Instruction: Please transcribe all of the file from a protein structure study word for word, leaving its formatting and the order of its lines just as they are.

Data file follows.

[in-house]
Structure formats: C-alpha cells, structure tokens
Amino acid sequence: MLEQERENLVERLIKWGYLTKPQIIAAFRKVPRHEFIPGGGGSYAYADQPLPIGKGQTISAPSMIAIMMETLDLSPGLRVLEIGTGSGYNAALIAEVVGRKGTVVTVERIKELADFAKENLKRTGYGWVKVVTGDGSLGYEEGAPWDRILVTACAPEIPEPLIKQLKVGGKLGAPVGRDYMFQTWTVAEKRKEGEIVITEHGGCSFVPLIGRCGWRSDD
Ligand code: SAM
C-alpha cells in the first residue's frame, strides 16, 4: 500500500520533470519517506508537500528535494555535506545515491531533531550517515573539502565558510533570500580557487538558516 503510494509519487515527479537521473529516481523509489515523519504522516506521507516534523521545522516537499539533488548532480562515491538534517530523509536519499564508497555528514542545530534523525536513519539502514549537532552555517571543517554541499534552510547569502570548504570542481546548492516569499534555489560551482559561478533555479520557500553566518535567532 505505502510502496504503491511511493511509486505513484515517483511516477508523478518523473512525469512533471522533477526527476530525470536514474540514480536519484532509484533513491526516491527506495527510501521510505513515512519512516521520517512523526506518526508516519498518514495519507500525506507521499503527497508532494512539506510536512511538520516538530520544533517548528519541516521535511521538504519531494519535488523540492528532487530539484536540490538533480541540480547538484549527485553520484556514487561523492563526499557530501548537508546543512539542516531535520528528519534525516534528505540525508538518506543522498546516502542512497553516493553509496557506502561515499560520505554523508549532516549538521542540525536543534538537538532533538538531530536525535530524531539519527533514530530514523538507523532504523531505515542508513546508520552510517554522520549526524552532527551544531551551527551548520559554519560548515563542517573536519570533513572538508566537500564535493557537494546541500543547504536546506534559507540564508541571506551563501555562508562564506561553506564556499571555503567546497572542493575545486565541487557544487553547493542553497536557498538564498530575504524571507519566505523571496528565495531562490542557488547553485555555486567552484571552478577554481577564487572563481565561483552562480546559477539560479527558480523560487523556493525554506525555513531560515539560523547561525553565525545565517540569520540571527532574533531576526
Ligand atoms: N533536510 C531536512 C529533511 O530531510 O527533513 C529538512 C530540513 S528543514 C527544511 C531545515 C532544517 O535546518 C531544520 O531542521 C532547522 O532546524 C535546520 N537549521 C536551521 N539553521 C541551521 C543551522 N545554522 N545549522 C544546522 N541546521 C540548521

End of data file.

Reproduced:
[in-house]
Structure formats: C-alpha cells, structure tokens
Amino acid sequence: MLEQERENLVERLIKWGYLTKPQIIAAFRKVPRHEFIPGGGGSYAYADQPLPIGKGQTISAPSMIAIMMETLDLSPGLRVLEIGTGSGYNAALIAEVVGRKGTVVTVERIKELADFAKENLKRTGYGWVKVVTGDGSLGYEEGAPWDRILVTACAPEIPEPLIKQLKVGGKLGAPVGRDYMFQTWTVAEKRKEGEIVITEHGGCSFVPLIGRCGWRSDD
Ligand code: SAM
C-alpha cells in the first residue's frame, strides 16, 4: 500500500520533470519517506508537500528535494555535506545515491531533531550517515573539502565558510533570500580557487538558516 503510494509519487515527479537521473529516481523509489515523519504522516506521507516534523521545522516537499539533488548532480562515491538534517530523509536519499564508497555528514542545530534523525536513519539502514549537532552555517571543517554541499534552510547569502570548504570542481546548492516569499534555489560551482559561478533555479520557500553566518535567532 505505502510502496504503491511511493511509486505513484515517483511516477508523478518523473512525469512533471522533477526527476530525470536514474540514480536519484532509484533513491526516491527506495527510501521510505513515512519512516521520517512523526506518526508516519498518514495519507500525506507521499503527497508532494512539506510536512511538520516538530520544533517548528519541516521535511521538504519531494519535488523540492528532487530539484536540490538533480541540480547538484549527485553520484556514487561523492563526499557530501548537508546543512539542516531535520528528519534525516534528505540525508538518506543522498546516502542512497553516493553509496557506502561515499560520505554523508549532516549538521542540525536543534538537538532533538538531530536525535530524531539519527533514530530514523538507523532504523531505515542508513546508520552510517554522520549526524552532527551544531551551527551548520559554519560548515563542517573536519570533513572538508566537500564535493557537494546541500543547504536546506534559507540564508541571506551563501555562508562564506561553506564556499571555503567546497572542493575545486565541487557544487553547493542553497536557498538564498530575504524571507519566505523571496528565495531562490542557488547553485555555486567552484571552478577554481577564487572563481565561483552562480546559477539560479527558480523560487523556493525554506525555513531560515539560523547561525553565525545565517540569520540571527532574533531576526
Ligand atoms: N533536510 C531536512 C529533511 O530531510 O527533513 C529538512 C530540513 S528543514 C527544511 C531545515 C532544517 O535546518 C531544520 O531542521 C532547522 O532546524 C535546520 N537549521 C536551521 N539553521 C541551521 C543551522 N545554522 N545549522 C544546522 N541546521 C540548521